Transparency is a key differentiator and in the end, may dictate which approach a publisher takes. Some publishers may like the competition spurred between networks when there is no transparency. On the flip side, this greater transparency allows ad networks to place a more precise value on each impression and can thus deliver higher pricing.
It is still early days for Header Bidding in mobile and I have not seen enough results to state with any certainty that it’s the superior approach, but I’m optimistic Header Bidding can be a game changer for some moving forward.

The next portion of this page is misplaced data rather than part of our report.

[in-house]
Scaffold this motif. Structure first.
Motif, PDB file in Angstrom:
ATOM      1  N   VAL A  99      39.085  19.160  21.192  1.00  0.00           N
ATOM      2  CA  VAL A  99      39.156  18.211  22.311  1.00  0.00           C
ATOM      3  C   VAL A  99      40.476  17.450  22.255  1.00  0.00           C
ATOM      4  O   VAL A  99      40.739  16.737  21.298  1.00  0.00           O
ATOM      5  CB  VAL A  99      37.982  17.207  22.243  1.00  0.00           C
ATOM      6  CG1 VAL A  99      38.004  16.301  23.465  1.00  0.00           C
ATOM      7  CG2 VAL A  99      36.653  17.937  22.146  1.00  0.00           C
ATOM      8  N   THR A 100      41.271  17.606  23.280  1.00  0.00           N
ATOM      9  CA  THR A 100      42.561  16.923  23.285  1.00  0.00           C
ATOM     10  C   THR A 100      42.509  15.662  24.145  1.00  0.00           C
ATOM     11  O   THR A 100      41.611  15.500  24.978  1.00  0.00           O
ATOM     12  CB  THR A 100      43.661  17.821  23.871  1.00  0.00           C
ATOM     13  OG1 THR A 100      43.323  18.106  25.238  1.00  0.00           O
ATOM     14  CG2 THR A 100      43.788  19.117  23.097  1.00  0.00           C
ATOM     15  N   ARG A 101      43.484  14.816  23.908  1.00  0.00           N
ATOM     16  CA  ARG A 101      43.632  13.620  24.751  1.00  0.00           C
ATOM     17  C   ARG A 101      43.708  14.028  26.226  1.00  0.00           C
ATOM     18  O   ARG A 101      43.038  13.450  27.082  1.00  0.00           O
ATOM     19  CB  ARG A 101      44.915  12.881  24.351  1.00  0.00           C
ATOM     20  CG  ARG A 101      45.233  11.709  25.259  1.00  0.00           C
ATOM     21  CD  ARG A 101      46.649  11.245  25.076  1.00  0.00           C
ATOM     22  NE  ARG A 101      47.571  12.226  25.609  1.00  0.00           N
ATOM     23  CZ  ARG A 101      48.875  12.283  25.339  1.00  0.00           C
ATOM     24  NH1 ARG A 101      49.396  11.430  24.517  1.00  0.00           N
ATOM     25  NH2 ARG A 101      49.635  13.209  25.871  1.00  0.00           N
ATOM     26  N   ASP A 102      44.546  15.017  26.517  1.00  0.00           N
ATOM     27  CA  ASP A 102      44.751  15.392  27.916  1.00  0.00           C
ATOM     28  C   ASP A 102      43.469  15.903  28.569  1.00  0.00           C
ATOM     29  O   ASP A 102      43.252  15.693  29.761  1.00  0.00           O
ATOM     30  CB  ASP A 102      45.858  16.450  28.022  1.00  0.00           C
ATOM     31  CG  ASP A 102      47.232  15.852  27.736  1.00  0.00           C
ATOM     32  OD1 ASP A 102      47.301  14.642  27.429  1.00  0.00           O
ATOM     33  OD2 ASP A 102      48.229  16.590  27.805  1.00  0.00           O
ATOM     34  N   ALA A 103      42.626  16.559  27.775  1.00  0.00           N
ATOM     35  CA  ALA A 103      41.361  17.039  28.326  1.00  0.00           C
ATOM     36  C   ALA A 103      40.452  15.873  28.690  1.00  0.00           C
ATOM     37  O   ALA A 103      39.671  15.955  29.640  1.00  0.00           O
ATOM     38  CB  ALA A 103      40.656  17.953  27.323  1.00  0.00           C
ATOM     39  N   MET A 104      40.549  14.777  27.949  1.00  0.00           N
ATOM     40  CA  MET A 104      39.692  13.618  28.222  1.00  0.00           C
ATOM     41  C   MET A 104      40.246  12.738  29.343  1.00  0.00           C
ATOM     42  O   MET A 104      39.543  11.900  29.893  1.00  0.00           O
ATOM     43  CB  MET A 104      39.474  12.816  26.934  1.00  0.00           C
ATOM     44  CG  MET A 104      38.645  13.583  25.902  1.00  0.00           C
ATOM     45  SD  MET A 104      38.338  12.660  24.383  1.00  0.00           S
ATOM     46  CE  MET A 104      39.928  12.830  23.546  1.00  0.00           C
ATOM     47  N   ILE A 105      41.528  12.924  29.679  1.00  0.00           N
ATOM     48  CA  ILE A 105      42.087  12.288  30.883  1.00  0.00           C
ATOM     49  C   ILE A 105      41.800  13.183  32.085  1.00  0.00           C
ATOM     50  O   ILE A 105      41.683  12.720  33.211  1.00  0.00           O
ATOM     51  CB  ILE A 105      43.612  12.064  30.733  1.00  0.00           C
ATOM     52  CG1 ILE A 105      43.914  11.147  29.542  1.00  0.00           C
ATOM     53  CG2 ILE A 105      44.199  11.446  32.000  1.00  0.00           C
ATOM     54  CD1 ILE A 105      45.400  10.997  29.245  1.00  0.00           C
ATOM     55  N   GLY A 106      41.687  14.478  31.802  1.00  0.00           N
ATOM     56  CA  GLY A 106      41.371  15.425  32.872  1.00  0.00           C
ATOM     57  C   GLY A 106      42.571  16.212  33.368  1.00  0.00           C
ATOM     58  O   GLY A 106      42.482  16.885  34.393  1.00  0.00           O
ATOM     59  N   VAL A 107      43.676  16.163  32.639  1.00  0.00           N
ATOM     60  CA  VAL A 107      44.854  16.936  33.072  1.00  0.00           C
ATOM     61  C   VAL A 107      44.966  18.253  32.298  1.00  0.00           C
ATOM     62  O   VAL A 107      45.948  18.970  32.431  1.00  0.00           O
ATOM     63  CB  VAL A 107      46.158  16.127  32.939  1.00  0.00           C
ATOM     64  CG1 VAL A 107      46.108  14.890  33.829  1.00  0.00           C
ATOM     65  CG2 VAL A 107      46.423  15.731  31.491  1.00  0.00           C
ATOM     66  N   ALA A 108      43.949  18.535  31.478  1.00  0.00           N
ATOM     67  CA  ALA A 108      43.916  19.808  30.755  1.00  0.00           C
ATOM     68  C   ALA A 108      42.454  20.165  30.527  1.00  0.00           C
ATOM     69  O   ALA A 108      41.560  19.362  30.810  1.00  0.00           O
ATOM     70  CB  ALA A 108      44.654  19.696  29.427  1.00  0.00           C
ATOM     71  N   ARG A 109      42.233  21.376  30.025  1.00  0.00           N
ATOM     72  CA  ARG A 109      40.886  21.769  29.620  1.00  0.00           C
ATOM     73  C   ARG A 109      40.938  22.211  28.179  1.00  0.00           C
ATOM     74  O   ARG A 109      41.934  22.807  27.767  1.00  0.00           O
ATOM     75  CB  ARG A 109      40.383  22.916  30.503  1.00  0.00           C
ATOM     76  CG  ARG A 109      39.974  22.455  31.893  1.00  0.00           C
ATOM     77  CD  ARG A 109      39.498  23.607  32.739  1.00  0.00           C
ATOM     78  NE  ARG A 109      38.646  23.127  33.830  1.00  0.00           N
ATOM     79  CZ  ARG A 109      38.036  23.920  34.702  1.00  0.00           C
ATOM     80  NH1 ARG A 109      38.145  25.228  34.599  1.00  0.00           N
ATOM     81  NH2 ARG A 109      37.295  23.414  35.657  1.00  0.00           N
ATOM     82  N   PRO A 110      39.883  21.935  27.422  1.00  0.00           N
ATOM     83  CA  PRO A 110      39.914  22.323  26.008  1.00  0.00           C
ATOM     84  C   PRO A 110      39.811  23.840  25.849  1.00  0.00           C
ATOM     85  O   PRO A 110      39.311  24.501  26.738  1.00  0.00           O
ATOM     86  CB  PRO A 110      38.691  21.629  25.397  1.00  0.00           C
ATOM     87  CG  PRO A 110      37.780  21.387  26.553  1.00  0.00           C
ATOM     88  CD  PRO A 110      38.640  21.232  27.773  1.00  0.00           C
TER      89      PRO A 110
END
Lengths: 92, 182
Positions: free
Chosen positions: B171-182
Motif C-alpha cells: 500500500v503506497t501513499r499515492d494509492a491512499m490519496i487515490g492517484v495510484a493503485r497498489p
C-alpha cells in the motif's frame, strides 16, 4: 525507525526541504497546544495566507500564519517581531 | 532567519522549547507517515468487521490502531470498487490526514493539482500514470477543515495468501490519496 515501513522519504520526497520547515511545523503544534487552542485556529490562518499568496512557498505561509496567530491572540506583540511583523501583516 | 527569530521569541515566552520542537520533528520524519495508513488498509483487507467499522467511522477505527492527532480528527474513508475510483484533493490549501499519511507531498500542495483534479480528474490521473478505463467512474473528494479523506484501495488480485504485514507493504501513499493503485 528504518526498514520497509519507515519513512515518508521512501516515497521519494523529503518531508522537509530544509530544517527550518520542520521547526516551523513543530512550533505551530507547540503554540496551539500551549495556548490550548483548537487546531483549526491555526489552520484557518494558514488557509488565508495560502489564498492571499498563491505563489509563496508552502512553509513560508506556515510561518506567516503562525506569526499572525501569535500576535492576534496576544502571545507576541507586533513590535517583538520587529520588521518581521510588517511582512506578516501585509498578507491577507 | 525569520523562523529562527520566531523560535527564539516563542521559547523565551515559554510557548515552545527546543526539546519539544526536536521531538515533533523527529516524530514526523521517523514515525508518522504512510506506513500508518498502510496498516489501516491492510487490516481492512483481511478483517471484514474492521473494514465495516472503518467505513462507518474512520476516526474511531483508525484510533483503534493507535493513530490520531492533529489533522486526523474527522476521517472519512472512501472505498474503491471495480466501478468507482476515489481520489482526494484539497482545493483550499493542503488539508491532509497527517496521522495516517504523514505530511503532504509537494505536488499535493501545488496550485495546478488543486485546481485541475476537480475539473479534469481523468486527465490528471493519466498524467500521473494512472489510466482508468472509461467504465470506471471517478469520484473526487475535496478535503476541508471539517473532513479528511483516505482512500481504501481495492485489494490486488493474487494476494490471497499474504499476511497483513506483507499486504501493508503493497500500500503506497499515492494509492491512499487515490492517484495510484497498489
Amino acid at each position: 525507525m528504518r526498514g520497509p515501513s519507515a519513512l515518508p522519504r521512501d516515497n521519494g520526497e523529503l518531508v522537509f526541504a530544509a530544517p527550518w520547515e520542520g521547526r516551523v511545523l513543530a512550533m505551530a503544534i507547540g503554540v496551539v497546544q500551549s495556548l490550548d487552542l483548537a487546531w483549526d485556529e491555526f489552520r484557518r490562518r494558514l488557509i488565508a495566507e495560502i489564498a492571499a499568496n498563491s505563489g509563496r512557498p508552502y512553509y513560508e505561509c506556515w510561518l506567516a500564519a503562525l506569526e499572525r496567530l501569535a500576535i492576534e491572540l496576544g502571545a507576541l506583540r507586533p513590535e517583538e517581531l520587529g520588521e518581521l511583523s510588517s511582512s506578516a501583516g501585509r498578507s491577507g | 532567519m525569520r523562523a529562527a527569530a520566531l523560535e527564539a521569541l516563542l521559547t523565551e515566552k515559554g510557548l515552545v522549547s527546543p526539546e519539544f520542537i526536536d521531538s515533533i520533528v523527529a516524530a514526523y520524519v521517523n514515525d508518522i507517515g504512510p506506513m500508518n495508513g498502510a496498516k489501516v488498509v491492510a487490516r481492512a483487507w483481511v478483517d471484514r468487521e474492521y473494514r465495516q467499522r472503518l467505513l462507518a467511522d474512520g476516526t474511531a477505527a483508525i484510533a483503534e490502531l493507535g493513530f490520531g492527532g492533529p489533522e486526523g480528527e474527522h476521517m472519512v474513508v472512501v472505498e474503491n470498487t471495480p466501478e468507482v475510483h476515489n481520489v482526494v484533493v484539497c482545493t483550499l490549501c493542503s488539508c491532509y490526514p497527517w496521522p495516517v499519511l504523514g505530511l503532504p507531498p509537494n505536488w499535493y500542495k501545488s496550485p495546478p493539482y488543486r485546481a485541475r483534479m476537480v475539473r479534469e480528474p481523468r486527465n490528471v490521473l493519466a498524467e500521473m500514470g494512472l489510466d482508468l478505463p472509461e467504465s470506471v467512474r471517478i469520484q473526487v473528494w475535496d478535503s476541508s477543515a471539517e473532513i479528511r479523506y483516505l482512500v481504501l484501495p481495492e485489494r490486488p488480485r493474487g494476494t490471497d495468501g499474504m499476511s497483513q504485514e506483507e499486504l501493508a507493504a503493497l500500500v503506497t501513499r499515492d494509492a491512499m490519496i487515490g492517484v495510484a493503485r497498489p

While Header Bidding in mobile gaming is gaining traction, I don’t believe that the industry will be changing to it overnight. For those publishers that aren’t ready to take the plunge and abandon the traditional waterfall approach immediately, there is a third way, which I hope we’re going to see more publishers and app developers try out in 2018. As opposed to giving each ad network 100% share of voice for a specific waterfall position, this third approach allows each network a piece of each waterfall position to prove their worth. This allows a publisher to give every demand source a fair shake as they are given a chance at top spots to prove what they can do, and, depending on how successful they are, a publisher will then shift their share of voice at that position up and down to create the ideal “ladder,” maximizing their own yield.